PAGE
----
Revelation Unveiled is a textbook case that exposes the truly unsavory backdrop that underlies the worldview of fundamentalism. It takes much of the worldview of 19th century Anglo-Americanism and seeks to apply it as a foundation for the Christian faith. Dispensationalism is thus merely an outgrowth of that view applied to escahtology. If there were any doubt, LaHaye unwittingly asserts just how culturally biased that view has become. Even among dispensationalist commentaries on the Book of Revelation, it attempts new lows. It is the "ugly American" of eschatological commentaries and should give pause to any reader of the Left Behind series who does not share its underlying biases.
|Anti-Catholic? Or Does The Truth Just Hurt? Sep 20, 2006|
|Ok, I've read enough reviews here that I had to counter all the angry "Catholic Clubbers" with some fire of my own. Yes, this book comes down hard on Catholicism. Why? Primarily, because so much witchcraft has entered the church since it's conception that it can easily be tagged as one of the 7 churches mentioned in the bible. |
Dr. LeHaye outlines every aspect of Paganism that is mirrored by the Catholic church in their own way. Somewhere along the way while trying to counter Pagan rituals and Pagan holidays, the Catholic Church inadvertantly started its own pagan rituals such as: Praying to the Saints (no where in the bible does it ever suggest this is ok), Spell Casting (Prayer of St. Jude of Novena, Hail Mary), Rituals (Candle Lighting in ceremonial fashion), the list goes on and on. In FACT, many Wiccans practice both Catholicism AND their own Pagan cermonies for the very reason that they are very similar. Ever seen a bumper-sticker that says, "Call The Corners and Pray the Rosary"? They're out there!
While it is evident throughout one certain chapter breaking down the 7 churches, it simply is not the crux of the book which is; a strong arguement for the Pre-Tribulation Rapture theory.
The book breaks down piece by piece the mysterious book of revelation, it also relates to the 70 weeks - largely because of the misinformed belief that the 70 weeks already happened by certain religions in Christianianity. It gives you timelines, charts and other useful grpahics to argue it's point.
There are 3 theories to the rapture, and unlike previous reviewers have suggested, the pre-trib is NOT based in tradition. One reviewer lamented something about the prediction of a 1981 and 1988 rapture. Anyone who reads this book, along with other books of the same topic OR the other 2 theories will realize, "You know not the day or the hour." However, one thing CAN be said, without a rapture, you CAN know the day or the hour by counting down from 7.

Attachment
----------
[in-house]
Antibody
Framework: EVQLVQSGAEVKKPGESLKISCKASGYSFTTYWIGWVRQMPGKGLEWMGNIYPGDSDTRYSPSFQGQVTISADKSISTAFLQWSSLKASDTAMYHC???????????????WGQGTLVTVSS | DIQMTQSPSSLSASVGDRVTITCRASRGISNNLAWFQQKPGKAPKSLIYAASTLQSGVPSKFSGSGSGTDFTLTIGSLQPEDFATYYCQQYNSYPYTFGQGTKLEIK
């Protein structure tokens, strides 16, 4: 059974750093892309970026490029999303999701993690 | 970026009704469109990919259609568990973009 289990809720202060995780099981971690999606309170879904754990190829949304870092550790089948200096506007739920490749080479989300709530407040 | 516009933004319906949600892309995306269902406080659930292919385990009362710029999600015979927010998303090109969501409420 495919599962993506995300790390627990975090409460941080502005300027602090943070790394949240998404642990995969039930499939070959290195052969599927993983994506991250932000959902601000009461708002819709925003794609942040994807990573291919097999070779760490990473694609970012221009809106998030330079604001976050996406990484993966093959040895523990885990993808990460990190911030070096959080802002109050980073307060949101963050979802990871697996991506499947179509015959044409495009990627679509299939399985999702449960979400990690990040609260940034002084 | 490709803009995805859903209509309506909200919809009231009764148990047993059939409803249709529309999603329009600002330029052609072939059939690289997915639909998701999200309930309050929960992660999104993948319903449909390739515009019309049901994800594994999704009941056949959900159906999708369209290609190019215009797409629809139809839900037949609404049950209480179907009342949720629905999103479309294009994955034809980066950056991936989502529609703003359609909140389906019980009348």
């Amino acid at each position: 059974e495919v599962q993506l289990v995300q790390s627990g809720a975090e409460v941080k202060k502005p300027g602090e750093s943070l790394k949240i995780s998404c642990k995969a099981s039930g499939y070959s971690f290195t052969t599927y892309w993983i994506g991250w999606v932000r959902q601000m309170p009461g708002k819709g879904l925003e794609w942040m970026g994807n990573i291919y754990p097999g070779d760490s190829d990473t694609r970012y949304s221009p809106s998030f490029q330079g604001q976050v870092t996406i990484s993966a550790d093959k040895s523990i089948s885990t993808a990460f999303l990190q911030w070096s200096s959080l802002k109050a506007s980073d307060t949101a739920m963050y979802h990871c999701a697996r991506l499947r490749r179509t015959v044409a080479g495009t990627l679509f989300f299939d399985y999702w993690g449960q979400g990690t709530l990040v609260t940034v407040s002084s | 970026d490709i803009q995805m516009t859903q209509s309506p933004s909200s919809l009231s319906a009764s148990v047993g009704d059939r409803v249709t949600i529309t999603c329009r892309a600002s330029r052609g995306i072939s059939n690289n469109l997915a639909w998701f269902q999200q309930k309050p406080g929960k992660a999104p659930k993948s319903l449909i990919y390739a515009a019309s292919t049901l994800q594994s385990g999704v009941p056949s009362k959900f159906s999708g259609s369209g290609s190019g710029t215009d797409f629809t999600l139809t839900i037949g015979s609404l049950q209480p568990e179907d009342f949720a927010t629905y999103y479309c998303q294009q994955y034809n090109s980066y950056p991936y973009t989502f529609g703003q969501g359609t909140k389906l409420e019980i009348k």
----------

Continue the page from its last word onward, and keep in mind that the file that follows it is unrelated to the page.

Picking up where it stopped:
|Not As Extreme As Critics Paint It.... Aug 27, 2006|
|LaHaye's REVELATION UNVEILED is nonfiction, unlike his best-selling LEFT BEHIND series. Yet it's hard to refer to this book without addressing his fiction , since LEFT BEHIND has made LaHaye something of a lightning rod for attacks from those disagreeing with his endtimes system of interpretation, which is "pre-trib, pre-mil dispensationalist," which means he believes the Bible teaches a literal rapture before a literal tribulation period (7 years) before a literal millenium (1000 years) with a literal reign of Christ. Dispensationalists differ from Covenantalists (nondispensationalists) in that they have a literal, grammatical, historical method of Bible interpretation instead of an allegorical method, and this shows thru in REVELATION UNVEILED. Most notably, dispensationalists like LaHaye believe in a literal nation of Israel to be restored in the future, whereas covenantalists have no such place for national Israel and so spiritualize the prophetic parts of the Bible, making the Church to be the New Israel, and usurping God's unconditional Old Testament promises to Israel for themselves, applying them to the Church spiritually. Pre-tribbers will like this book, others will not.|
While there is a sense of sensationalism in LaHaye's fiction (not surprising considering the topic and that it's fiction!), with this nonfiction commentary on Revelation, LaHaye's critics are still characterizing him as being way out there, when both the content and tone of the book are conservative and mainstream. For example, unlike more extreme interpreters who say Roman Catholicism is Revelation's doomed Mystery Babylon, LaHaye on p. 271 in bold, specifically says "Rome is Not the Only Form of Babylonian Religion," then goes on to discuss a coming global ecumenical idolatrous religion. A second example of mischaracterization is the accusation of some that LaHaye insists that Rev 4:1-2 is definitely referring to a pre-trib rapture, but on p. 100, he demonstrates responsible restraint, specifically saying the verse does NOT necessarily mean the rapture, just that he's "inclined to believe that."
That said, this is not my favorite Revelation commentary, for reasons of stylistic preference. LaHaye's commentary is not story-like as is David Jeremiah's, but it doesn't have the intensity of scripture and comparative references of more academic commentaries such as those of Thomas, Walvoord or Ryrie. There is no index in the back and the bibliography is minimal. It's an in-between kind of book, not a totally leisurely read, just requires attentiveness not intense study. Prophecy is LaHaye's thing, and it's obvious he's put a lot into this large and info-filled book, a contribution to the field. My biggest quibble is that the book title is oxymoronic, no biggie.